A few things struck me.  First, there was a peace in Jim’s room regardless of the stirring going on around us.  Second, I was struck that in one room a patient died and in my room, my husband was spared.  Third, I was reminded that this was the second time this event happened – a death in the ICU directly in the room next to my husband’s room (on the hospital visit prior to this one).  Fourth, I am left to ponder the “why” of it all.

I do not pretend that I will ever understand this, but I do know there is not a coincidence in these events.  Instead, I take these signs as a message from God that He is present, He is all-powerful, and that His will is it.  There must be a plan and ultimately good to come from Jim’s story, presence, and life.  He suffers so, but his perseverance is inspiring.  Jim teaches me much, reminds me of so many blessings we have, and helps us focus on that which is important in life.

The minister read to us a passage from Isaiah 35: 1-2 (NIV), that is telling:

The desert and the parched land will be glad;
the wilderness will rejoice and blossom.
Like the crocus, it will burst into bloom;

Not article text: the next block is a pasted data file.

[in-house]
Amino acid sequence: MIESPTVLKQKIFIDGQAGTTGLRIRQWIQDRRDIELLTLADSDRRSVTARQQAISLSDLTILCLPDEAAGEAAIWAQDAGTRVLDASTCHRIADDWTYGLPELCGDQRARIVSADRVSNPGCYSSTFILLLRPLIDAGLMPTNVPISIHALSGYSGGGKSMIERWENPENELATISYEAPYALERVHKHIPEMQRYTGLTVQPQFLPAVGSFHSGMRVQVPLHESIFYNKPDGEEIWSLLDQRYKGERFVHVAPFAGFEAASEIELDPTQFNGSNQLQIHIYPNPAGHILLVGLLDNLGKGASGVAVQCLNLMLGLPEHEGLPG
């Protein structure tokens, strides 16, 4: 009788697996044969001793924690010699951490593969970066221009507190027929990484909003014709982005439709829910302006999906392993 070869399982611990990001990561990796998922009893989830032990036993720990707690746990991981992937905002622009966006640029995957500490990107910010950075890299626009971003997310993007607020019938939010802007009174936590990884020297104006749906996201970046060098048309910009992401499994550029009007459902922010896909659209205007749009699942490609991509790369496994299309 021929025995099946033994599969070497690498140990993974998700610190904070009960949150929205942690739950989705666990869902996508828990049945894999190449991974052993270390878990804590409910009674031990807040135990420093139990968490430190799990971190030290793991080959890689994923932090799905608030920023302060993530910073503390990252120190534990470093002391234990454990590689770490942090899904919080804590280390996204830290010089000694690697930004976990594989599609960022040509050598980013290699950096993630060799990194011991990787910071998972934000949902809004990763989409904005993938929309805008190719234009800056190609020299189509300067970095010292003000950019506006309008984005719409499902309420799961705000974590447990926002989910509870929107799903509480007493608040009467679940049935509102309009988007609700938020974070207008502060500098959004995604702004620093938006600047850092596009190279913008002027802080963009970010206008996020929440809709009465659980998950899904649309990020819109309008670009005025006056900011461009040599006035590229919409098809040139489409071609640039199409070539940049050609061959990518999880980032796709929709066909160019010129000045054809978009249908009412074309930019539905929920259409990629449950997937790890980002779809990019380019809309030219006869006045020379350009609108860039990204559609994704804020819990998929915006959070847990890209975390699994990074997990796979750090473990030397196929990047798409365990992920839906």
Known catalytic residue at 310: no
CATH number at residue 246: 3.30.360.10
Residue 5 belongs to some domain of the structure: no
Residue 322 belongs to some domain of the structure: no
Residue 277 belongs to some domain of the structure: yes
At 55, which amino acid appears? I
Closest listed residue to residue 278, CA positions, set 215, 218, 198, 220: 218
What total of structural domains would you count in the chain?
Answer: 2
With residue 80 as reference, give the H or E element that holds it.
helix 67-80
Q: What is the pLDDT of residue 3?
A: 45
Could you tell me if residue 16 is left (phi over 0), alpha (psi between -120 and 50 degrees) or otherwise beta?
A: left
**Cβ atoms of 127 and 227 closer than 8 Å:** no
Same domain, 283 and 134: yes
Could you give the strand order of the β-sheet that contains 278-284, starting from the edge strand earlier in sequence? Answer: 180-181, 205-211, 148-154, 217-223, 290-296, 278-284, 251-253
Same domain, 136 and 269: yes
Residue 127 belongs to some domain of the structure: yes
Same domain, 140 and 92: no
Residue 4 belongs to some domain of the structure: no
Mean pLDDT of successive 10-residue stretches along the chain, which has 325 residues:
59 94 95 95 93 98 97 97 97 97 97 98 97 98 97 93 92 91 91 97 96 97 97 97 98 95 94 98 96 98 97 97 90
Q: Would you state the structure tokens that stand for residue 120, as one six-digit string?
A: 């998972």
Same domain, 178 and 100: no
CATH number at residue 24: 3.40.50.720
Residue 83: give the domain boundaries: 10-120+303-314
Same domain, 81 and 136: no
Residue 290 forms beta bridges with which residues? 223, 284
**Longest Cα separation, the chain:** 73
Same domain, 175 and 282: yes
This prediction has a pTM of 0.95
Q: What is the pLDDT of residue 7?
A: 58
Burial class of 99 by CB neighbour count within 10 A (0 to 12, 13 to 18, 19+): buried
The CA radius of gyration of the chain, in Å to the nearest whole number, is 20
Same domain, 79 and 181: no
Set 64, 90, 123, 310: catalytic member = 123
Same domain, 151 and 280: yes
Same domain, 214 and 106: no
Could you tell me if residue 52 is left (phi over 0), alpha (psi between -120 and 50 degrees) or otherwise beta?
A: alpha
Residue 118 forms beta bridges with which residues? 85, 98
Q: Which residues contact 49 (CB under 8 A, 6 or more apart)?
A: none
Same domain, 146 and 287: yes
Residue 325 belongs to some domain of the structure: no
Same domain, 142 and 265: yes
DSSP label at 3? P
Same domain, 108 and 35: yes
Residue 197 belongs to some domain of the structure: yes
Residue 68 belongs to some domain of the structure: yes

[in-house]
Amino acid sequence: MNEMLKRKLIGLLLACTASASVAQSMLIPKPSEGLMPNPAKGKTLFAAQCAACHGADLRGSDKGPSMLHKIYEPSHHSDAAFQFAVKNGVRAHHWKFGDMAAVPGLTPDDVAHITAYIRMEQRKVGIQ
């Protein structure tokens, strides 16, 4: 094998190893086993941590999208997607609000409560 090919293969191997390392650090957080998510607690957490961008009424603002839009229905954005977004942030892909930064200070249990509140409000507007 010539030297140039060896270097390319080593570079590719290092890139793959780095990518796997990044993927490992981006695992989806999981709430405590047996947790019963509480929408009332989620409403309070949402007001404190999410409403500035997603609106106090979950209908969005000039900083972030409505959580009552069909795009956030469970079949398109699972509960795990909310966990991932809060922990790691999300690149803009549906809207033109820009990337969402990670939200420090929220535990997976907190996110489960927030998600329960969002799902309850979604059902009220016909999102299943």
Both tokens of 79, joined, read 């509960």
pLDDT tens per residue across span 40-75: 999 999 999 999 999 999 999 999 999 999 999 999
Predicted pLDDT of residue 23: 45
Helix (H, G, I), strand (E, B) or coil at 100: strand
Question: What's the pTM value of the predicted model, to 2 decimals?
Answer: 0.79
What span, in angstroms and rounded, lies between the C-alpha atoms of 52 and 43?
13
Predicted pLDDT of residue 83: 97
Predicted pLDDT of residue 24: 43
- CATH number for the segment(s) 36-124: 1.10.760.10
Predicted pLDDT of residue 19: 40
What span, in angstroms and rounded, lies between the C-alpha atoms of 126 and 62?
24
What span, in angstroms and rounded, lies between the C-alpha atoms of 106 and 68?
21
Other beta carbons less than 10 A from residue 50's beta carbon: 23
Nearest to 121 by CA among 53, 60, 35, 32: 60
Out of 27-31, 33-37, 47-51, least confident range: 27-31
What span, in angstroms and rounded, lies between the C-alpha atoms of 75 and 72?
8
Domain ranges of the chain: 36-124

it will rejoice greatly and shout for joy.
The glory of Lebanon will be given to it,
the splendor of Carmel and Sharon;
they will see the glory of the Lord,
the splendor of our God.

The Bee Sting Philosophy of Life

It happened the other afternoon. The injustice. The betrayal. The perspective change.

My kids and I were having lunch outside on the patio of a restaurant. It was a lovely October North Carolina afternoon. The sun was shining and bees were flying about as we ate our sandwiches. This scene was perfect – blue skies, warm temperatures, and insect life surrounding us. The bees didn’t bother us; I had taught my kids to be calm around them. I ensured them that the insects were not interested in us and only would sting if we acted crazy causing the animals to move into defense mode. So, there we were eating, laughing, enjoying the sun when suddenly I hear my 4-year-old daughter scream like I have not heard her scream before.